“I think it’s stupid and lazy,” she said. “But is it cheating? I mean, I don’t think so.”
History senior Marissa Johnson, who has had prescriptions for Concerta, Aderall, and Vyvanse, also thinks its unfair for students without a prescription to use the drugs to help them study and take tests, however she considers it a form of cheating.
“To be honest if the medicine isn't prescribed, the after effects are almost punishment enough for some people,” Johnson said.
Anyone can get side effects from these drugs Saichuk explained. Side effects can include increased heart rate and blood pressure, restlessness, anxiety, loss of appetite and the tendency to repeat actions such as pulling your hair or twiddling your fingers.
One of the biggest concerns of taking ADHD medication that isn’t prescribed to you is the dosage. Saichuk explained that medical professionals are very careful when prescribing the type of medication and specific dosage for each patient because of side effects.
When someone takes the wrong dosage for their body weight, they run the risk of having a stroke, psychosis, or amphetamine induced behavior.
In a National College Health Assessment survey conducted in the spring of 2015, 1,349 LSU students responded to questions about their drug use.
About 14 percent of students reported being diagnosed with ADHD, 9.7 percent said the ADHD affected their academic performance and almost 23.6 percent reported difficulty sleeping.
“I had too much energy to go to sleep,” Rodgers said after taking Adderall for the first time her sophomore year. “It’s like having insomnia.
Instead of helping her focus, the drug had her shaking on her toilet for 45 minutes. She vowed never to take it again.
“You could compare it to a jet engine on an airplane being at its highest performance and then all of a sudden throttling down to nothing,” Saichuk said.
Biology senior Jocelynn Brazill, who has been taking Adderall since her freshman year in college said the drug doesn’t work the same for all people and that’s what students fail to understand. Instead of helping with concentration, some students end up cleaning his or her room for hours.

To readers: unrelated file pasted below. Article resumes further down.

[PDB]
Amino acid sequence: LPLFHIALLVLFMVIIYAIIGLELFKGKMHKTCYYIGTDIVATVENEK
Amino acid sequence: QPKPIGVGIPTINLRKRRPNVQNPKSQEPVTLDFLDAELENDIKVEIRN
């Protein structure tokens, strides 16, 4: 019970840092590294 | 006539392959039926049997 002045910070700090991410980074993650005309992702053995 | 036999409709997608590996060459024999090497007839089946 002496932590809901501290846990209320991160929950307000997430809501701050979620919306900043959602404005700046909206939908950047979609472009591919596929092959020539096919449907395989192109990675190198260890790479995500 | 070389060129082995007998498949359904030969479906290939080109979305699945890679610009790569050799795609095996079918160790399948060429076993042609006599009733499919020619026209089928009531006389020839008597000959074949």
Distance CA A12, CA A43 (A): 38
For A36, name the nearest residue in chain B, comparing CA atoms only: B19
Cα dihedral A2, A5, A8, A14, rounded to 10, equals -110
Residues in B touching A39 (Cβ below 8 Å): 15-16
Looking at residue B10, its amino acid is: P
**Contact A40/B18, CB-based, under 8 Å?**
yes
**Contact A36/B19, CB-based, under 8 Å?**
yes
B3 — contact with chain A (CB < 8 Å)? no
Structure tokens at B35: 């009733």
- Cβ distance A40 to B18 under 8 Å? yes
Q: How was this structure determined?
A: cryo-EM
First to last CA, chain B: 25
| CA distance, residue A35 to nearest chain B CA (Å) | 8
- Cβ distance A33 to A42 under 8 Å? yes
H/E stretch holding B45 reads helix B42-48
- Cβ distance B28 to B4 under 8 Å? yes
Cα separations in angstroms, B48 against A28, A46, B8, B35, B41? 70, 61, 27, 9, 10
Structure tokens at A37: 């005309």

“I do think it could be considered cheating,” Brazill said. “It’s abused by others who just take it to take it because they think it’s going to enhance their performance but they don’t actually understand how ADD works.”
Aside from the significant health risks attached to illicit drug use, LSU has no specific rules in regards to drug use and cheating.
Assistant director for Student Advocacy & Accountability Rachel Champagne said that any person who uses medication that is not prescribed to them is committing a crime. In some cases, it can be a felony charge.
Illicit use of ADHD medication is a violation of the LSU Code of Student Conduct section 10.2.F., which states, “Possession, use, public intoxication, sharing, furnishing or distribution of illegal drugs, intoxicants, controlled substances and/or drug paraphernalia; including the distribution, use or possession of prescription medications contrary to a valid prescription.”
Using medication that is not prescribed to succeed on an exam or for any other reason would result in a charge under behavioral misconduct.
“There are several layers of how charges of violations are assigned and I cannot say for certain if this would be an issue of academic misconduct,” Champagne said. “It would depend on the specifics of the case.”
*Student Lauren F. did not want her last name to be used in this story.
Two police officers were shot Saturday morning after responding to a complaint about damage to property in the 5600 block of Fairfields Ave. The two officers were driven to the hospital before EMS could arrive.
Had Earl K. Long Medical Center not been closed in 2013, the drive to the ER would have only been about seven minutes. Had the Baton Rouge General Mid-City emergency room not been closed last year, the drive would have been even shorter.
Local activist and publisher of The Rouge Collection Gary Chambers used this example as a wakeup call to the healthcare crisis in North Baton Rouge.
Police officers have a dangerous job and access to emergency medical care is critical when officers are wounded in the line of duty. Had those officers received more life-threatening injuries, they could have lost their lives.
“You see, this is the everyday struggle of residents of north Baton Rouge,” Chambers wrote in an article published to The Rouge Collection’s site. “This tragic situation with the police officers allows it to be seen in real time.”